First, we took away some lessons about what kind of long-term cooperation we can realistically expect. The study ran for a month, and only half of our starting sample was still with us at the end of week two.

Next time, we’ll do the following:

  • Start with a larger sample size – if the budget can support it.
  • We’d consider making video suggested (not mandatory) at each diary entry.
  • We’d look at structing incentives more strategically.
  • We had paid out only upon completion of the full month. Paying a smaller portion partway through, with the remainder at the end, may have helped us sustain respondent engagement.
  • We’d push ourselves to be more disciplined with the length of our diary survey. Seeing our cooperation results, we came to think the burden to respondents was a bit too much.The first draft we shared with our client was similar to a traditional product test report, with some video clips. A great effort, but it felt too familiar and we decided to go back to square one. We worked together closely to land our final deck. Our final deck was very brief, only about 20 slides end to end. While our results were quantitative, the report included just 4 numbers! Several well-produced video streams were embedded to bring our key insights to life, and everyone walked away taking away key insights without feeling bogged down by too much data. It’s important to remember that the first time you conduct research like this with a given client, be sure to clarify the vision for the final report. Don’t make assumptions – and don’t just rely on what you’ve done for past deliverables!Our final ‘lesson learned’ is to give yourself time. We live in a fast-paced world, and increasingly it seems the expectation is to “get results overnight” for any and everything! While it is true that timing to get to data has been greatly reduced, the old adage, “garbage in, garbage out” still holds. As with any study objectives and output must be clear and aligned.Our original timeline was aggressive, and required quick work for both us and for our client to align. We thought we could move very quickly and – for both setup and analysis – that turned out to be unrealistic. You’ll want to build in a little bit of extra time during setup to make sure you get your surveys just right. And extra time is also needed during reporting – you need to expect a few more iterations than a typical study before the final deck is crafted and ready for prime time. But in the end, the extra time investment will be well worth it.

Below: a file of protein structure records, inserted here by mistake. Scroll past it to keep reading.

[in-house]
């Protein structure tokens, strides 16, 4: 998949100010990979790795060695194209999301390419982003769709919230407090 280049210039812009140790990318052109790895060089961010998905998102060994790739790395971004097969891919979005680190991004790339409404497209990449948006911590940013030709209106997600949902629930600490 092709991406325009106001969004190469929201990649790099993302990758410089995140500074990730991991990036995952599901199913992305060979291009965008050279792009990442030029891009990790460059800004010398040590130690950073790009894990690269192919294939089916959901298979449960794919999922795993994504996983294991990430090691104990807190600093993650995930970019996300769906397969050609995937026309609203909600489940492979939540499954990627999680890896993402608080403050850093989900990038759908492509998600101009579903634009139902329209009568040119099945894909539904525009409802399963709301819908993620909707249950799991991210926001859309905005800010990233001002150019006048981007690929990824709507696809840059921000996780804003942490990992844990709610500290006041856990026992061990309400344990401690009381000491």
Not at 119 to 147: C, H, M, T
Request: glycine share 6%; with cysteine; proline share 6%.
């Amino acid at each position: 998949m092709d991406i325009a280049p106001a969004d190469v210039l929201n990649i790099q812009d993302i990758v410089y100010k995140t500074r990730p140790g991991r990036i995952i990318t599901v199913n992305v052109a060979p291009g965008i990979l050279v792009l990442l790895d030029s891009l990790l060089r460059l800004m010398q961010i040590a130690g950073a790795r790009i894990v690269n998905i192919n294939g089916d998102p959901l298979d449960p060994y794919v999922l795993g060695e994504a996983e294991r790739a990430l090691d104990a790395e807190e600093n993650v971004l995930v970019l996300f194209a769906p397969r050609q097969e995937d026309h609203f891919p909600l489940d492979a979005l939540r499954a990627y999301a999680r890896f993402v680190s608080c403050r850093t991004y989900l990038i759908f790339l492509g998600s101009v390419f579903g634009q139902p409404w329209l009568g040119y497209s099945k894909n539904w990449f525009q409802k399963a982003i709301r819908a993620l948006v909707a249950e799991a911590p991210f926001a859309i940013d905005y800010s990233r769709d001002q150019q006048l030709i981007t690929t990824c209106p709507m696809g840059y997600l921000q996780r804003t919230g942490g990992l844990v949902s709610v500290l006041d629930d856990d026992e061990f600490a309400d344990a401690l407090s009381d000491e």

• When you try something new, it takes a bit of time to get it right – so do yourself a favor and set realistic timing to manage expectations. These kinds of studies are so different from what we – both Ipsos as a supplier and most of our clients – traditionally work on. They’re pretty involved to execute, analyze and report, particularly the first time.
  • Another thing we learned was the importance of advanced video editing capability. A polished video stream with impact words will leave a MUCH bigger impression on your audience compared to raw individual video clips. The raw clips in most cases shouldn’t be considered a client-ready deliverable – be sure to plan for a video editor to help produce the final product in order to succinctly present the data in an impactful way. In our case, Big Sofa helped with this.
  • Another ‘aha’ moment we had was around the deliverable. With a project like this, the approach is cutting-edge. That means the deliverable should be too. Your client will be expecting something above and beyond the typical report, even if it’s unspoken.

Utilizing video analysis to it’s fullest potential, Ipsos looks to be on the forefront of paradigm shift that the world is in today when it comes to the power of video. With implicit reaction time tests and augmented reality and virtual reality becoming available to nearly every consumer with a smart phone, the possibilities are endless.